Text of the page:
I had covered about three-quarters of a mile in about two hours, sometimes panting from exhaustion, other times crawling on all fours atop the ski tracks, when Hertenstein appeared with two 20-inch square pieces of plywood. He found the wood at the cabin and used a hammer and nails to punch holes in the plywood where he strung twine to create laces that I could affix the plywood to my boots as a sort of snowshoe. To our glee they worked moderately well, if slowly in the snow. He then left to join Lang on the scheduled steeply uphill Wrong Ridge snow survey, which would take them 3 hours to complete.
It took me another 45 minutes to get to the cabin where I got busy pulling things from my pack to dry over the fire Lang had started in the stove, although I really wanted to collapse from the exhaustion of the post-holing.
When the two returned after 8 p.m. from the survey, where Lang had broken one of his ski poles, we began to assess our options.
I proposed that we could return on a relay where those two could ski ahead and one return with a ski that I could use with my ski and we could ski back to the waiting skier, and then repeat this jump-frog to where Wehunt would be waiting with the packed horses ready to take us to Cabin Creek.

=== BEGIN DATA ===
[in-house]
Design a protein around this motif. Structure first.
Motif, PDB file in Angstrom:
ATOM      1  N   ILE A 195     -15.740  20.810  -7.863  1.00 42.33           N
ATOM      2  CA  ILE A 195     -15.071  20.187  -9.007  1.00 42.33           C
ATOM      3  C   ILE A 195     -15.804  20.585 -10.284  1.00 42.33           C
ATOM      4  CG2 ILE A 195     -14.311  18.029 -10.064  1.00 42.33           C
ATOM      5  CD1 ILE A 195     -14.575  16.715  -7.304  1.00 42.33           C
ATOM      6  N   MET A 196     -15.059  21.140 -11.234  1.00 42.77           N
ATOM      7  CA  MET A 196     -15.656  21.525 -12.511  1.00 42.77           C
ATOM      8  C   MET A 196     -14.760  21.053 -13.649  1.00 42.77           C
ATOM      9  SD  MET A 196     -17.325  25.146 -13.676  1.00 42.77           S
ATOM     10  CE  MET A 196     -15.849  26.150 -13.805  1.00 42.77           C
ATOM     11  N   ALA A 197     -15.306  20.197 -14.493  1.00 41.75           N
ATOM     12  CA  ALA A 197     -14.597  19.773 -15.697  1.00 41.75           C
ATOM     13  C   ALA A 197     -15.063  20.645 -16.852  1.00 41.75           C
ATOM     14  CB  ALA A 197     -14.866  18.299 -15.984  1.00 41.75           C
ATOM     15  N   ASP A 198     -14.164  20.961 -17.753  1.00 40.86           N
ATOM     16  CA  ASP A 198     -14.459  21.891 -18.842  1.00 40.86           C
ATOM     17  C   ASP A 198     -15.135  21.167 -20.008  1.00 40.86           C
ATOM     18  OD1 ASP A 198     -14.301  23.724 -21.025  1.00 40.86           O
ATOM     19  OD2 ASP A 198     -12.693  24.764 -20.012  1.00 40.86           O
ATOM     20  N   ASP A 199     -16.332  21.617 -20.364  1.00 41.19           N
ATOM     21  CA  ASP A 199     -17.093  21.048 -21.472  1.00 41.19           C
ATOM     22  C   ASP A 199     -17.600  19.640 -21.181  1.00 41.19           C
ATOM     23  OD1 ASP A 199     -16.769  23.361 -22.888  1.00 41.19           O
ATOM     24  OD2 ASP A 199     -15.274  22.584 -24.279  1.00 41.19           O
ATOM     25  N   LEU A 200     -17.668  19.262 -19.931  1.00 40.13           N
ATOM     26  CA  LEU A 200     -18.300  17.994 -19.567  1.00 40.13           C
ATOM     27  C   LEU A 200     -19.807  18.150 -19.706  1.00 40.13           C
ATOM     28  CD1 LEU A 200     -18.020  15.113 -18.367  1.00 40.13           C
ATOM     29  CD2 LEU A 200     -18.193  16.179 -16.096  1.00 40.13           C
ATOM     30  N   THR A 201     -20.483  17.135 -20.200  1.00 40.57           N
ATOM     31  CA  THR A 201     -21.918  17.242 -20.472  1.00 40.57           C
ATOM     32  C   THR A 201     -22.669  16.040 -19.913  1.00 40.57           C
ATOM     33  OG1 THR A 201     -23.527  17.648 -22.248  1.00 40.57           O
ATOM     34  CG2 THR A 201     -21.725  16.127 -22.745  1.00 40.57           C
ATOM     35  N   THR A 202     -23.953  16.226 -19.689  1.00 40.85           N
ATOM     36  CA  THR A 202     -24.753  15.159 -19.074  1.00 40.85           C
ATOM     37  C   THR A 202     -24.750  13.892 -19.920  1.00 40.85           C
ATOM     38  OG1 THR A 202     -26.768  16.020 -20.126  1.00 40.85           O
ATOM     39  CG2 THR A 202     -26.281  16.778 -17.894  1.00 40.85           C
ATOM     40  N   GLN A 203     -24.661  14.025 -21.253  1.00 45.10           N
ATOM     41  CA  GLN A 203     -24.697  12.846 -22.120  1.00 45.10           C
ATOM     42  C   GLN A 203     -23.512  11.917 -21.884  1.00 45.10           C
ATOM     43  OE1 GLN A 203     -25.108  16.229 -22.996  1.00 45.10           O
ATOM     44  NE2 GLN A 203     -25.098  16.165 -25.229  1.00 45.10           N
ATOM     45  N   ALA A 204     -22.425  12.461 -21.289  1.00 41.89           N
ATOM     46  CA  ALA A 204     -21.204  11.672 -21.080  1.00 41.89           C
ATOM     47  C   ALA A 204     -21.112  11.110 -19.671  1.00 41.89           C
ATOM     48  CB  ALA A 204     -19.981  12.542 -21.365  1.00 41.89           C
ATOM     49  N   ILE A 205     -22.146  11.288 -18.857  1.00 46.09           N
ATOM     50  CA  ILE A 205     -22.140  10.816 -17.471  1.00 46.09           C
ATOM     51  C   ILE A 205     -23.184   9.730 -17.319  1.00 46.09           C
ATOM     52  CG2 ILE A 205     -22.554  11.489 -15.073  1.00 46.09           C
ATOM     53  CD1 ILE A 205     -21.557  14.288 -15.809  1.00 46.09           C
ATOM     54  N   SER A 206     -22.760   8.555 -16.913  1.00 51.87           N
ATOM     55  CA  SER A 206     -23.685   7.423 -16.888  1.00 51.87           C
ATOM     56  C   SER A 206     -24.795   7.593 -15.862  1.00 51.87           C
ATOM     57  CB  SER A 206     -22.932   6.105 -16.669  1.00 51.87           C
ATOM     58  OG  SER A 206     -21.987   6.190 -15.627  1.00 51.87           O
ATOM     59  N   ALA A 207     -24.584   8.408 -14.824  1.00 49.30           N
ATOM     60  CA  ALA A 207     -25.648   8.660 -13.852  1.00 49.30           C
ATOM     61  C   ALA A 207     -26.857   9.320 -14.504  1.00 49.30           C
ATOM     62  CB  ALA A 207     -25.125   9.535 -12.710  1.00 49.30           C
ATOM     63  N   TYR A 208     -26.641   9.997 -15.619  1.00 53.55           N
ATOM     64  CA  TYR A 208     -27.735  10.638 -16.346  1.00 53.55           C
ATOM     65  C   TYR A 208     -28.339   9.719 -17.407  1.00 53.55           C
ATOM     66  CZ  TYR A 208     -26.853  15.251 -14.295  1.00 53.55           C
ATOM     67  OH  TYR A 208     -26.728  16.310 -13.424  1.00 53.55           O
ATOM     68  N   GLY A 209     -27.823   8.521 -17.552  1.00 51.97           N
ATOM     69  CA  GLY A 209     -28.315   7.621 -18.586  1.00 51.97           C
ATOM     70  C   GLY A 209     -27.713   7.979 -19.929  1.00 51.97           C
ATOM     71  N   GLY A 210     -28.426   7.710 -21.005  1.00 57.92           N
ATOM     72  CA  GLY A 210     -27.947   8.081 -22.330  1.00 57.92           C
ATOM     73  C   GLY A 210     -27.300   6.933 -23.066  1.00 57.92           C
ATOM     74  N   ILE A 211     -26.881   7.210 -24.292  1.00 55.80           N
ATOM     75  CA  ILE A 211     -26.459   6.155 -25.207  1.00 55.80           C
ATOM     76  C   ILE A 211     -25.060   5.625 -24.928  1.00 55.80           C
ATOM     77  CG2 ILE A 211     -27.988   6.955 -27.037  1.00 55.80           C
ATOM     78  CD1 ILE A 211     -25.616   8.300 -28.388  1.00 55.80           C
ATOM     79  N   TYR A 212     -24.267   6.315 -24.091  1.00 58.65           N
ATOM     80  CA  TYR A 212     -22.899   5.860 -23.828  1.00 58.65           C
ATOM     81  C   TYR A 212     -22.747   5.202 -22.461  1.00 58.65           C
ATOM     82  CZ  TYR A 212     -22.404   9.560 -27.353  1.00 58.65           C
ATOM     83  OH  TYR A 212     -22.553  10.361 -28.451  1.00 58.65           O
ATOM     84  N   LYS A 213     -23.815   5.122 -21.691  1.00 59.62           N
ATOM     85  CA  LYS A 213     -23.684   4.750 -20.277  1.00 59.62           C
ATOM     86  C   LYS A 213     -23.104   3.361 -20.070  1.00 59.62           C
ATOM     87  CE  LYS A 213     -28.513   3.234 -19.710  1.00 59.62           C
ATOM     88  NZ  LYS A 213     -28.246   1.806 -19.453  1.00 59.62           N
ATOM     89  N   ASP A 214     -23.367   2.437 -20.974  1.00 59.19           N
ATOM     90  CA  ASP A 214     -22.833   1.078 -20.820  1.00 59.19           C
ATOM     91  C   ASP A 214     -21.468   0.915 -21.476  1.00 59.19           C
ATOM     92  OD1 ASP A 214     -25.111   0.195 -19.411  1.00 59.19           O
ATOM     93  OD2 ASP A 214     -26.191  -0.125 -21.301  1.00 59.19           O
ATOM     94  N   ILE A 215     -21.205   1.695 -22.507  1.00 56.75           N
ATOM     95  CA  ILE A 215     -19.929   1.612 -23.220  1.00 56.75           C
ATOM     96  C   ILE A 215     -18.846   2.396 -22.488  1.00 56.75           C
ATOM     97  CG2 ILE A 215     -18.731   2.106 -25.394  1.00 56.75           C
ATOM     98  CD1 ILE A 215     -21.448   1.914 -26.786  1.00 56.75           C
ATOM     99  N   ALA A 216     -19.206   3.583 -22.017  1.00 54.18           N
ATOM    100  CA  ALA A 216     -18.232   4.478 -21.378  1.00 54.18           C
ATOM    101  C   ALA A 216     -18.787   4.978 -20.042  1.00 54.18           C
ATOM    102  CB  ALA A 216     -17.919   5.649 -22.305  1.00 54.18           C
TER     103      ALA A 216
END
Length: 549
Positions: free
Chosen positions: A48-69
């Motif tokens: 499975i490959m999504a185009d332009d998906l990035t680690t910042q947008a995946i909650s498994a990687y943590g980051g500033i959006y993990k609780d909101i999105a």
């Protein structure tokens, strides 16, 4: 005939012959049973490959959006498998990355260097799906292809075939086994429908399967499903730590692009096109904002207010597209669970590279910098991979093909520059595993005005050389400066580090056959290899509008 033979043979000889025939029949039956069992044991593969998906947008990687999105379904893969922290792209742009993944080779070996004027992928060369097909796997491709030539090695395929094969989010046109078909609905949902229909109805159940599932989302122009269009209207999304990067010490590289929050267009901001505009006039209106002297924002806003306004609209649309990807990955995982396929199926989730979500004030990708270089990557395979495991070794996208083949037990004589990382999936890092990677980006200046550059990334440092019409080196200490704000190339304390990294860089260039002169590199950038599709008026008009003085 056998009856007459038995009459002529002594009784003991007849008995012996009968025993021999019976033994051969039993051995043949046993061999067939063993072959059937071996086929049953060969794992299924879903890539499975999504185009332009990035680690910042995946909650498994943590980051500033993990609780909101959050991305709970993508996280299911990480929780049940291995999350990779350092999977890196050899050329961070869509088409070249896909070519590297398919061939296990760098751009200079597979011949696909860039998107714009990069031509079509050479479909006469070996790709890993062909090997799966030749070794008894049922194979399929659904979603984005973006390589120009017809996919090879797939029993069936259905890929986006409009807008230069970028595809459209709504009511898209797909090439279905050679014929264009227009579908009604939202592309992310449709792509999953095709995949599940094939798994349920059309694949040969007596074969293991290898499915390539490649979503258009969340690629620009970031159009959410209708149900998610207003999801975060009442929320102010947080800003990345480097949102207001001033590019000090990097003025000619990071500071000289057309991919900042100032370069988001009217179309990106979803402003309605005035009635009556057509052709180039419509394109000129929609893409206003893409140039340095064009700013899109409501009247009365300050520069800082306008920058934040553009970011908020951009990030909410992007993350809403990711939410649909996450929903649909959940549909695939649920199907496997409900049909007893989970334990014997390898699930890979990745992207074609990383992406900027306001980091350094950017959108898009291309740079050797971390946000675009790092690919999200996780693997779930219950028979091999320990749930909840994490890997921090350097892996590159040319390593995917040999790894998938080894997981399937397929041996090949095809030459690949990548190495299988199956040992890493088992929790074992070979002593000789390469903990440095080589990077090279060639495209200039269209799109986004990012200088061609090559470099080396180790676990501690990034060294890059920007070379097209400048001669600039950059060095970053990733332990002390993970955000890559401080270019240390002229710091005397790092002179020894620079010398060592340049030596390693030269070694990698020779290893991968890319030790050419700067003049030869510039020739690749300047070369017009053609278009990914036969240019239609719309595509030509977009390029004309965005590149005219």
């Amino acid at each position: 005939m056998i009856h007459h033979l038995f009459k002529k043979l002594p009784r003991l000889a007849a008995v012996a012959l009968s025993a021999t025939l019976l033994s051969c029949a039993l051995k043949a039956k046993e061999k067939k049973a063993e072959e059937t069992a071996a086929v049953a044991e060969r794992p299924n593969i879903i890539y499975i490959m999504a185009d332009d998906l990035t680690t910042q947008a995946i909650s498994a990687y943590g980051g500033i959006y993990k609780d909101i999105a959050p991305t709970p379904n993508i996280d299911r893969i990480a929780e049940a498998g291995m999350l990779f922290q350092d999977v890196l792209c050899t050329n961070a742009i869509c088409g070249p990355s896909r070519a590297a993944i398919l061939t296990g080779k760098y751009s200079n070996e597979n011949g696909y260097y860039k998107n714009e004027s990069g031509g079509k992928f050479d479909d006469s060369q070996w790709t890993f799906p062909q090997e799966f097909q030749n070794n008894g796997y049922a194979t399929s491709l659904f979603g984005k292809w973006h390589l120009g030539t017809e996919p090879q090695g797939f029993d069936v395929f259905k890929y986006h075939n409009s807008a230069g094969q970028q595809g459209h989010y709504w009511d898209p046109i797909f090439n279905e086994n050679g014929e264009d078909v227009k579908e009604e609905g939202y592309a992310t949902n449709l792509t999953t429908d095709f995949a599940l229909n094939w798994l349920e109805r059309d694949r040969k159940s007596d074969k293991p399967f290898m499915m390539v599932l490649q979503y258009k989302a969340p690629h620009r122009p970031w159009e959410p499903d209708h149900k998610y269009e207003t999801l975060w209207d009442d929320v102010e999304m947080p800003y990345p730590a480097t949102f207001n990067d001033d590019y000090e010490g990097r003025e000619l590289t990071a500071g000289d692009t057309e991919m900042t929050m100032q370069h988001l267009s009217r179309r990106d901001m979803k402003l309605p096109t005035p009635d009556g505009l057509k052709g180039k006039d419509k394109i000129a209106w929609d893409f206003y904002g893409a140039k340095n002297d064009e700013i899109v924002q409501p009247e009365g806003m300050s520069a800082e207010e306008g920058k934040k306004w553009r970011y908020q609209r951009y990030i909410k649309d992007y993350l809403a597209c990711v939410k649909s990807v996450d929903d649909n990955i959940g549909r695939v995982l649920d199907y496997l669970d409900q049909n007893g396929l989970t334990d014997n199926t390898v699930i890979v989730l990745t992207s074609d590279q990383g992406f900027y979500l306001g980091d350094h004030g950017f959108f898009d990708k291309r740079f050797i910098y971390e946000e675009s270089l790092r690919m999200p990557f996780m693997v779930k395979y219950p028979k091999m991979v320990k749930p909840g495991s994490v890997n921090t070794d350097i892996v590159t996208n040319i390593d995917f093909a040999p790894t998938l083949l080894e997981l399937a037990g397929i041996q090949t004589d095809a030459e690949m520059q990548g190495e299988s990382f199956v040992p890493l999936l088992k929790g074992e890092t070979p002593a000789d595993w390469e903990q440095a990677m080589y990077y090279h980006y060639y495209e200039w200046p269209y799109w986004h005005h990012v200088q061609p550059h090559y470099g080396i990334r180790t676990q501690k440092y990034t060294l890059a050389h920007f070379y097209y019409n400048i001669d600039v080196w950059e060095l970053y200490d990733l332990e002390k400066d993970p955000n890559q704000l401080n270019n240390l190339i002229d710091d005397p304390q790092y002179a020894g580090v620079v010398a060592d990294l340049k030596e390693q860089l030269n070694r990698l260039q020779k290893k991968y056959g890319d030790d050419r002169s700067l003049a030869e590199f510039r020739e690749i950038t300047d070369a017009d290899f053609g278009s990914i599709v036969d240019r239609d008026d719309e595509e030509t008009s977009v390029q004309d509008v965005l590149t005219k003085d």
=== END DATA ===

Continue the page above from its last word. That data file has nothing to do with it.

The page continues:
Luck is finally with us
Lang hoped that good fortune would smile upon us and we’d have a clear, cold night which would harden the snow and I could simply walk out atop the snow.
The night broke cold and clear and we were in luck.
When that 5:15 a.m. wake-up match was struck, it was only 4 degrees outside and the snow was bomb proof.
We worked double-time to eat, clean up and close the cabin to take advantage of that cold snow and meet the pack horses at the North Fork Bridge some 12 miles away at the appointed noon hour.
How wonderful it felt to walk atop that concrete-like snow. I didn’t have much trouble walking nearly as quickly as the other two skied.
First, though, we had to stop at do the Wrong Creek survey about a half mile below the cabin, which took about a half hour. The snow was crusty and hard.
Then we sprinted off, stopped only by the occasional tree across the path.
In about two hours we reached Route Creek where I would have been inclined to stop for a water break. However, Lang got there first, crossed on a snow bridge and told me that if I had ever hurried this would be the time to do it. I walked on, thoroughly enjoying the deep forest and the rim views from the North Fork trail.
I figure that Hertenstein and Lang skied roughly half the trail and like me, walked the rest.
I was surprised by how comfortable my plastic ski boots were. Hertenstein, who has the same kind, disagreed.